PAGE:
Welcome to Larry Andrews' website.
Greetings and welcome to my blog spot.
I've written two novels since my retirement in 2008. The first is a romance, Songs of Sadness, Songs of Love. The second is an action/mysteryThe China-Africa Parallax: A Ryan and Gillian Mystery.
Among the textbooks I have written areLinguistics for L2 Teachers, Mahwah, NJ, Lawrence Earlbaum Associates, 2001; and Language Exploration and Awareness: A Resource Book for Teachers, 3rd edition, Mahwah, NJ, Lawrence Earlbaum Associates, 2006. This textbook was translated into Korean by Pagijong Press, Seoul, South Korea. 2010.
I am presently writing my third Ryan and Gillian novel, The Nathan Culper Brotherhood. You can follow my progress on novel #3 here at this blog site.
To order any of my titles please go either to nook.com or amazon.com (Kindle users can go to the Kindle Store.).
Saturday, May 21, 2011
I'm disturbed that a volunteer reviewer gave my second novel --- The China-Africa Parallax: A Ryan and Gillian Mystery --- a cynical, 2-star review. The reviewer has confused a major character with a very, very minor one, has garbled the plot, and has criticized the novel in a provincial manner. Potential readers will find the review off-putting...for many wrong reasons! I guess I'm a writer now, putting up with mindless grievances from a volunteer who just doesn't quite get it.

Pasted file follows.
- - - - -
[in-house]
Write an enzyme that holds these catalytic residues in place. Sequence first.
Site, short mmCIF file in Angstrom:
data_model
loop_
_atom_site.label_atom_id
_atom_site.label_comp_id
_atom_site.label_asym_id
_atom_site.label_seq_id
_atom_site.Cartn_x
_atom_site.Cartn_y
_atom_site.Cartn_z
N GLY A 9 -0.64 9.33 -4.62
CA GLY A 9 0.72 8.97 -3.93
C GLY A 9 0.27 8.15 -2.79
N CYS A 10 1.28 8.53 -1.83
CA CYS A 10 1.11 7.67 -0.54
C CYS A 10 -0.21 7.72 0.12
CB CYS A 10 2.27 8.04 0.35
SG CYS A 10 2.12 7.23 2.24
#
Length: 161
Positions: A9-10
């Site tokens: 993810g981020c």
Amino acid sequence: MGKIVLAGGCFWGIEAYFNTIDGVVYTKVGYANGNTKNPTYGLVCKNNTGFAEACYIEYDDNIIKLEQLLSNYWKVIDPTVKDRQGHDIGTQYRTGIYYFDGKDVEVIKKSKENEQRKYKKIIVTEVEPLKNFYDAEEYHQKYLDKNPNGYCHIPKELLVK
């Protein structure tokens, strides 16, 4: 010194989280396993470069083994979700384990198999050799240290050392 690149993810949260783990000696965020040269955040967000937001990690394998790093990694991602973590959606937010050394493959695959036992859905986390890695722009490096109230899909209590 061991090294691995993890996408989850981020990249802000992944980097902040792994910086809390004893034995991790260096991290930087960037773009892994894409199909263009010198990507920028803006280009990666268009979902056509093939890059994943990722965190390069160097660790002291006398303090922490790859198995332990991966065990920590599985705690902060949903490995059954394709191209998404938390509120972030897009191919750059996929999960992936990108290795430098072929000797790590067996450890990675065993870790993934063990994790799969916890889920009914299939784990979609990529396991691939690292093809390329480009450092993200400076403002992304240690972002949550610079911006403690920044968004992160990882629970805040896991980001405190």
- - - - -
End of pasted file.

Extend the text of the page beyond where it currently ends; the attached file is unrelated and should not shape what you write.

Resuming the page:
Friday, May 13, 2011
I've gone missing for several days and my work on novel #3 is on Spring Holiday. My detour has been one of theological development, however, reading John Shelby Spong's book Eternal Life: A New Vision and his Christianity Must Change. A serious reader can't fly through these texts in haste. Spong's ideas require a slower wpm!
Thursday, May 5, 2011
Cinco de Mayo, celebrated more abroad than in Mexico, commemorates the Battle of Puebla which took place on May 5, 1862. The underdog victory for Mexico pushed French forces out of the state of Puebla against seemingly insurmountable odds.
Cinco de Mayo is not Mexican Independence Day. That holiday, which is more widely honored in Mexico, is actually celebrated on September 16.
So how did the day become so popular in the U.S.?
Aside from marketing and other commercial reasons for furthering the holiday, many view the day as a way to further the cultural significance of the holiday, according to MTV. However, it's key to acknowledge that liquor companies and Mexican restaurants have had a lot to do with bolstering the holiday, using it as an excuse to go a little crazy.
In any case, take the day to sit back, relax, and crack open a Corona, or a Tecate (or a Negro Modelo or a Dos XX) and honor the underdog victory.